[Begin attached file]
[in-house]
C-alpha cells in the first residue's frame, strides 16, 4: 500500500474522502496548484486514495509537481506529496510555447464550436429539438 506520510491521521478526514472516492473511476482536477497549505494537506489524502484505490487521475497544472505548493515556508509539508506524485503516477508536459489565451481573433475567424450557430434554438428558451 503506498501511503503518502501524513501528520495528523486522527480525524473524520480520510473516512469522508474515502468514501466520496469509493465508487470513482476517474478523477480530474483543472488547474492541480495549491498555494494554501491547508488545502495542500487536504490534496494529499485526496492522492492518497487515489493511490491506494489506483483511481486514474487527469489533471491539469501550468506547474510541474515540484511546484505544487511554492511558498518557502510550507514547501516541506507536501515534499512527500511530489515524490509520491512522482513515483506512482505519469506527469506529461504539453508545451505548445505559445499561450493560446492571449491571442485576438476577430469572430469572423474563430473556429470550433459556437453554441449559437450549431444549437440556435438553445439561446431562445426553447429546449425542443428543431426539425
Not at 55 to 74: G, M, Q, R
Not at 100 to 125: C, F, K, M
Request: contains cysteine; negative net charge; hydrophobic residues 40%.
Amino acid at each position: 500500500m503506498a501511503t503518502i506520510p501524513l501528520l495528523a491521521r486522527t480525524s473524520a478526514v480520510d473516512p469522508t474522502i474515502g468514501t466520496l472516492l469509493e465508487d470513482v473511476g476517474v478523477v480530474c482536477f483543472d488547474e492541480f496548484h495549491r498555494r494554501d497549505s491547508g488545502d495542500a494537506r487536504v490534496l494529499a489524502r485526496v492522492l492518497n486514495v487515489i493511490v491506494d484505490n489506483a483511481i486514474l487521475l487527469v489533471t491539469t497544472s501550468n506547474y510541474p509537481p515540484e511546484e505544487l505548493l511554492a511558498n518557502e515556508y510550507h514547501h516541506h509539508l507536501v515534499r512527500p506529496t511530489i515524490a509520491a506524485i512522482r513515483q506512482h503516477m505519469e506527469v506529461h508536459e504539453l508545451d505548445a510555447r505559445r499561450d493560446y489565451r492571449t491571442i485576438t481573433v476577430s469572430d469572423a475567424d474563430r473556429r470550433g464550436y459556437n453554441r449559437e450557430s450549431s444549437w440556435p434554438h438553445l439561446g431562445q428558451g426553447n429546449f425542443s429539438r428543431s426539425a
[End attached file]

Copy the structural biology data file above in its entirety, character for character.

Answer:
[in-house]
C-alpha cells in the first residue's frame, strides 16, 4: 500500500474522502496548484486514495509537481506529496510555447464550436429539438 506520510491521521478526514472516492473511476482536477497549505494537506489524502484505490487521475497544472505548493515556508509539508506524485503516477508536459489565451481573433475567424450557430434554438428558451 503506498501511503503518502501524513501528520495528523486522527480525524473524520480520510473516512469522508474515502468514501466520496469509493465508487470513482476517474478523477480530474483543472488547474492541480495549491498555494494554501491547508488545502495542500487536504490534496494529499485526496492522492492518497487515489493511490491506494489506483483511481486514474487527469489533471491539469501550468506547474510541474515540484511546484505544487511554492511558498518557502510550507514547501516541506507536501515534499512527500511530489515524490509520491512522482513515483506512482505519469506527469506529461504539453508545451505548445505559445499561450493560446492571449491571442485576438476577430469572430469572423474563430473556429470550433459556437453554441449559437450549431444549437440556435438553445439561446431562445426553447429546449425542443428543431426539425
Not at 55 to 74: G, M, Q, R
Not at 100 to 125: C, F, K, M
Request: contains cysteine; negative net charge; hydrophobic residues 40%.
Amino acid at each position: 500500500m503506498a501511503t503518502i506520510p501524513l501528520l495528523a491521521r486522527t480525524s473524520a478526514v480520510d473516512p469522508t474522502i474515502g468514501t466520496l472516492l469509493e465508487d470513482v473511476g476517474v478523477v480530474c482536477f483543472d488547474e492541480f496548484h495549491r498555494r494554501d497549505s491547508g488545502d495542500a494537506r487536504v490534496l494529499a489524502r485526496v492522492l492518497n486514495v487515489i493511490v491506494d484505490n489506483a483511481i486514474l487521475l487527469v489533471t491539469t497544472s501550468n506547474y510541474p509537481p515540484e511546484e505544487l505548493l511554492a511558498n518557502e515556508y510550507h514547501h516541506h509539508l507536501v515534499r512527500p506529496t511530489i515524490a509520491a506524485i512522482r513515483q506512482h503516477m505519469e506527469v506529461h508536459e504539453l508545451d505548445a510555447r505559445r499561450d493560446y489565451r492571449t491571442i485576438t481573433v476577430s469572430d469572423a475567424d474563430r473556429r470550433g464550436y459556437n453554441r449559437e450557430s450549431s444549437w440556435p434554438h438553445l439561446g431562445q428558451g426553447n429546449f425542443s429539438r428543431s426539425a